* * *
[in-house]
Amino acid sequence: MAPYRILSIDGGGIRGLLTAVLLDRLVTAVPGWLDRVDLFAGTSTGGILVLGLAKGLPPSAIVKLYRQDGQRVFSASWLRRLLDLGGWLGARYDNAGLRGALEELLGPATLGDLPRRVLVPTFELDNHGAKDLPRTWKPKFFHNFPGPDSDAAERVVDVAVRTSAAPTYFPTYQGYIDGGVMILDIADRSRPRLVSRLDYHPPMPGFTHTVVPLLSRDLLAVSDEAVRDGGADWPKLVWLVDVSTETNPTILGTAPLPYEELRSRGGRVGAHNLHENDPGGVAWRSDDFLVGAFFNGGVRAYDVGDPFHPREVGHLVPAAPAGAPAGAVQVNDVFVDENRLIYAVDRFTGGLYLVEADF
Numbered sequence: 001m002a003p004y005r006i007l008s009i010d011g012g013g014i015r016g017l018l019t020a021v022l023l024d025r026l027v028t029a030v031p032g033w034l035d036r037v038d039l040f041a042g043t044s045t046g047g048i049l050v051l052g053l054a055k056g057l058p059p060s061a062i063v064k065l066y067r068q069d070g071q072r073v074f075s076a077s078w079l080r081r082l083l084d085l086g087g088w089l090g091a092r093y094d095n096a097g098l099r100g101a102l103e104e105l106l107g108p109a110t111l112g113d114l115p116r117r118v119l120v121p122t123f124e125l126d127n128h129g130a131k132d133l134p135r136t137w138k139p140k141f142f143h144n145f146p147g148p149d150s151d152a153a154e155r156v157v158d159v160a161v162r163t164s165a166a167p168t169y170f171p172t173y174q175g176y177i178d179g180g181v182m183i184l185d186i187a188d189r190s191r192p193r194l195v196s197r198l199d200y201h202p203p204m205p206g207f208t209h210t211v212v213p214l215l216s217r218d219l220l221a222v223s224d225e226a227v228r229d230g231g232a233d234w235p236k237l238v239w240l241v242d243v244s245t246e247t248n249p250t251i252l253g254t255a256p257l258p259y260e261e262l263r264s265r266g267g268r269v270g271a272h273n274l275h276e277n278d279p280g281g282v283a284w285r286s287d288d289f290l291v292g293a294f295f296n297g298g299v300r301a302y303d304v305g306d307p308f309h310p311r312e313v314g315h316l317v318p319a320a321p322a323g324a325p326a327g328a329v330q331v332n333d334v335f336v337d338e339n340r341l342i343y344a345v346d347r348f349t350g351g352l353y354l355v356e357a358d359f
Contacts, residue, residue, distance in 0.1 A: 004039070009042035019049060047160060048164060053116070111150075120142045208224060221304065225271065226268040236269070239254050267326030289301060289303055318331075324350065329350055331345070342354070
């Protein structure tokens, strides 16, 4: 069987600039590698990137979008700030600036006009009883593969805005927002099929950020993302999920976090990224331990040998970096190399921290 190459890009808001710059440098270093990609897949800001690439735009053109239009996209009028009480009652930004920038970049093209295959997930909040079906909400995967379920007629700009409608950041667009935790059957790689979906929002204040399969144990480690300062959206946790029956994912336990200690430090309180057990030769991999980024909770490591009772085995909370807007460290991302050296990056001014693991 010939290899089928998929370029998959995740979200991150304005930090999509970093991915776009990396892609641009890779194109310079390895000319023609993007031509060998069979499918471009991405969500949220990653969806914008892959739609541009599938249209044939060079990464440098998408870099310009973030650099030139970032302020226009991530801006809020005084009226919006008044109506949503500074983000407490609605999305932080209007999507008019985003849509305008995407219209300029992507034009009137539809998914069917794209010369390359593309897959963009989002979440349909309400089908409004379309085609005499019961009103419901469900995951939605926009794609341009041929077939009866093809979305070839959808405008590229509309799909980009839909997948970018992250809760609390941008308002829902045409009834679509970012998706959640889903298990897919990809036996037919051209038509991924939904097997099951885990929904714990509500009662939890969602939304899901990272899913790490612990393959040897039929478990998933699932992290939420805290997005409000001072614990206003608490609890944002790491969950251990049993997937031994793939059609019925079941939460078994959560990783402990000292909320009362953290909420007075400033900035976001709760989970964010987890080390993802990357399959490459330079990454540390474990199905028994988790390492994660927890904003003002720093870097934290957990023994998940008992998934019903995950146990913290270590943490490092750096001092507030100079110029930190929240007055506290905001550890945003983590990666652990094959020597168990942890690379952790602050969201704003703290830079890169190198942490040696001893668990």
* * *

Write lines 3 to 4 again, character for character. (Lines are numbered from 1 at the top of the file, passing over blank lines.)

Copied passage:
Numbered sequence: 001m002a003p004y005r006i007l008s009i010d011g012g013g014i015r016g017l018l019t020a021v022l023l024d025r026l027v028t029a030v031p032g033w034l035d036r037v038d039l040f041a042g043t044s045t046g047g048i049l050v051l052g053l054a055k056g057l058p059p060s061a062i063v064k065l066y067r068q069d070g071q072r073v074f075s076a077s078w079l080r081r082l083l084d085l086g087g088w089l090g091a092r093y094d095n096a097g098l099r100g101a102l103e104e105l106l107g108p109a110t111l112g113d114l115p116r117r118v119l120v121p122t123f124e125l126d127n128h129g130a131k132d133l134p135r136t137w138k139p140k141f142f143h144n145f146p147g148p149d150s151d152a153a154e155r156v157v158d159v160a161v162r163t164s165a166a167p168t169y170f171p172t173y174q175g176y177i178d179g180g181v182m183i184l185d186i187a188d189r190s191r192p193r194l195v196s197r198l199d200y201h202p203p204m205p206g207f208t209h210t211v212v213p214l215l216s217r218d219l220l221a222v223s224d225e226a227v228r229d230g231g232a233d234w235p236k237l238v239w240l241v242d243v244s245t246e247t248n249p250t251i252l253g254t255a256p257l258p259y260e261e262l263r264s265r266g267g268r269v270g271a272h273n274l275h276e277n278d279p280g281g282v283a284w285r286s287d288d289f290l291v292g293a294f295f296n297g298g299v300r301a302y303d304v305g306d307p308f309h310p311r312e313v314g315h316l317v318p319a320a321p322a323g324a325p326a327g328a329v330q331v332n333d334v335f336v337d338e339n340r341l342i343y344a345v346d347r348f349t350g351g352l353y354l355v356e357a358d359f
Contacts, residue, residue, distance in 0.1 A: 004039070009042035019049060047160060048164060053116070111150075120142045208224060221304065225271065226268040236269070239254050267326030289301060289303055318331075324350065329350055331345070342354070